The digital age has offered myriad ways for taking, creating and sharing pictures and images. A friend recently texted a photo of a sunset from Sedona, Arizona that was breathtaking. Another friend takes wonderful photos as she travels around upper East Tennessee, and they too are beyond words. There are those shared photos on Social Media that I love seeing, that help me stay in touch with friends far and wide.
Before instant access to photos became available, it became a part of one’s memory to relive those moments. The images were imprinted in our minds, and recalled by sharing experiences with others or when told in shared conversation. “It took my breath away” becomes a common theme, or “I was at a loss for words.”
For individuals with limited or no vision, it becomes a challenge then to describe those images and activities. Think about how to describe that sunset, or those fields in upper East Tennessee? Can they be rendered into text that gives someone access to that experience?
Once again, technology has a role to play in the emerging field of 3d printing. Several vendors are available to assist in creating tactile graphics. Piaf Tactile graphics can be printed on swell paper using a specialized device. http://www.piaf-tactile.com/index.html
A company in Italy is experimenting with creating 3d photographs. http://pirate3d.com/touchablememories/.
This is very cool, right? And other methods for creating 3d tactile images are available as well. Some images can be described easily enough in words. Others will require complex descriptions and may be better rendered in a tactile format.
It is easy to describe an image in Word.
- Right click on the image.
- Select Format Picture from the drop down menu.
- Select the box with 4 arrows in it.
- Select ALT Text
- Give the image a title, and type your description.
So to get started simply, here are some additional tips from the “Web Accessibility MOOC for Online Educators”, 2014.
To ensure accessibility, all informational images need to be explained in real text somewhere in the document. That real text can be in the form of:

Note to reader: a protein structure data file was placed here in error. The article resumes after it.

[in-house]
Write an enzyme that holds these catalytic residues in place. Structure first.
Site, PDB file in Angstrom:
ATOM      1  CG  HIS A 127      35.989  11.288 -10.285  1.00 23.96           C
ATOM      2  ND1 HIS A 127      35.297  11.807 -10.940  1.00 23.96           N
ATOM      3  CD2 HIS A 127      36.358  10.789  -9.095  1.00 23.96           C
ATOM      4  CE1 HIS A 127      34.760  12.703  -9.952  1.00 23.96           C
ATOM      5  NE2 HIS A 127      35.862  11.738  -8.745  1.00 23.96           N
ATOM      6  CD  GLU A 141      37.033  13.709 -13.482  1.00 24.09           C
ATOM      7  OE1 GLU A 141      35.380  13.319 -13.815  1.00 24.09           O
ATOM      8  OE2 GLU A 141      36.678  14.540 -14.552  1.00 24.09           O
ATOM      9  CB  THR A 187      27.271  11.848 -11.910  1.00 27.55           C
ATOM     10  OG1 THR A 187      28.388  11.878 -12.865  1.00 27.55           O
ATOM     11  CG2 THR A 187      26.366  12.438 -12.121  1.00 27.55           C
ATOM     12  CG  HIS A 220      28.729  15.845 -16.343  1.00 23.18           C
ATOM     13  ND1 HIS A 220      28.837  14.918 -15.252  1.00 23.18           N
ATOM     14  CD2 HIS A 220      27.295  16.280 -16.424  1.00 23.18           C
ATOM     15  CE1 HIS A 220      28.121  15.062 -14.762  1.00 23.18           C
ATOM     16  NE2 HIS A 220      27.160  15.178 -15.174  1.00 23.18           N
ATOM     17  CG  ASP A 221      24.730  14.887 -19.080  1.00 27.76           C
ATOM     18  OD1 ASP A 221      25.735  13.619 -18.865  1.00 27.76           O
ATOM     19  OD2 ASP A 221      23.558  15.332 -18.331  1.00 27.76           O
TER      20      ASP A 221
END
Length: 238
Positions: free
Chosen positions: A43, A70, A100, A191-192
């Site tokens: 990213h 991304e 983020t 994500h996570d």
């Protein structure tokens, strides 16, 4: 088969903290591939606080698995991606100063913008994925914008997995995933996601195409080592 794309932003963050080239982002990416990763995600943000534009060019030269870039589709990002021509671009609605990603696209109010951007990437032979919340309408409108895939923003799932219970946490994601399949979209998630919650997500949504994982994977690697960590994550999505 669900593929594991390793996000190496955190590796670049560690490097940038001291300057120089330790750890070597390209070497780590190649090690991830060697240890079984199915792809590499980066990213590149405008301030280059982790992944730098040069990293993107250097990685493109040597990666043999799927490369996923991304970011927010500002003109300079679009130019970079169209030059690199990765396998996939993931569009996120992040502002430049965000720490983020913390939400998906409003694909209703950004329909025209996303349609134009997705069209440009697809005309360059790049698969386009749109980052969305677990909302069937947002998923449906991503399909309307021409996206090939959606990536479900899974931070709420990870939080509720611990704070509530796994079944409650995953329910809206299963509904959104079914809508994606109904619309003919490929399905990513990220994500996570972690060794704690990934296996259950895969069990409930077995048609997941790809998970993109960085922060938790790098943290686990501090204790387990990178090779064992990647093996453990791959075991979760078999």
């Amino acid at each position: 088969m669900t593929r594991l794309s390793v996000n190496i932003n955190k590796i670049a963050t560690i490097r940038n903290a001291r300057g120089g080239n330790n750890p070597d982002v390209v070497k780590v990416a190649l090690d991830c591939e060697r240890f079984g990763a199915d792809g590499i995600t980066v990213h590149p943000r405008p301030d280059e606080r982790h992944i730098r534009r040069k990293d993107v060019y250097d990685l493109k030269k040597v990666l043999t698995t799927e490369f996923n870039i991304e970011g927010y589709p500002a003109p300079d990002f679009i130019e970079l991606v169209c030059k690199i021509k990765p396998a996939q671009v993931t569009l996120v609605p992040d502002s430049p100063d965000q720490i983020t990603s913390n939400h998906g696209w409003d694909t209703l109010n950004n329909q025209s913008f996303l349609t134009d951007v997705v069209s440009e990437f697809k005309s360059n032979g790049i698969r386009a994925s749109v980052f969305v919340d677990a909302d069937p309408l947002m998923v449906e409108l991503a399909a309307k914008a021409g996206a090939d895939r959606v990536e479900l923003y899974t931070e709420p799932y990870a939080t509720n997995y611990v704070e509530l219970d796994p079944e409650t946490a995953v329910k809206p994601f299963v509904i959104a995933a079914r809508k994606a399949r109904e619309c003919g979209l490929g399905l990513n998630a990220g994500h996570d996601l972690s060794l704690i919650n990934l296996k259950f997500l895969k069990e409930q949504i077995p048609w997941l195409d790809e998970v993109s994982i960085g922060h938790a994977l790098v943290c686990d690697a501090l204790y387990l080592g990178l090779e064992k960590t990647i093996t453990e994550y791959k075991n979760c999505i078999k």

An ALT text description which is read aloud by screen reading software, but not seen on screen
A caption seen by all users and read by screen readers, that includes a description of the image’s significance.
A description in the surrounding paragraph text.
We advise faculty to write their documents so they are meaningful without images. Add the images to reinforce the text material. Then just add a brief ALT text description for reference purposes or a caption for all users’ benefit.
If images do add any new information to the text content, that information should be included in the ALT text or caption. If there is a photo of George Washington, for example, and the preceding text is addressing information about him, the ALT text of “image of George Washington” would be sufficient. If it is an image of the painting of George Washington crossing the Delaware, the ALT text may need to describe what is seen in the photo as well as what information is important for the learner to understand.
One useful way to think about images in your online courses is to ask yourself the following question: Can all students obtain the necessary “accessible information” about the image through either a) the ALT text, b) the image caption, c) the surrounding text content, or d) a long description page? If not, then students with visual disabilities are at a disadvantage.
A common misunderstanding is that ALT text is what appears when you hover over an image.
So make sure to type your ALT text descriptions in the Description field, not the Title field in MS Word.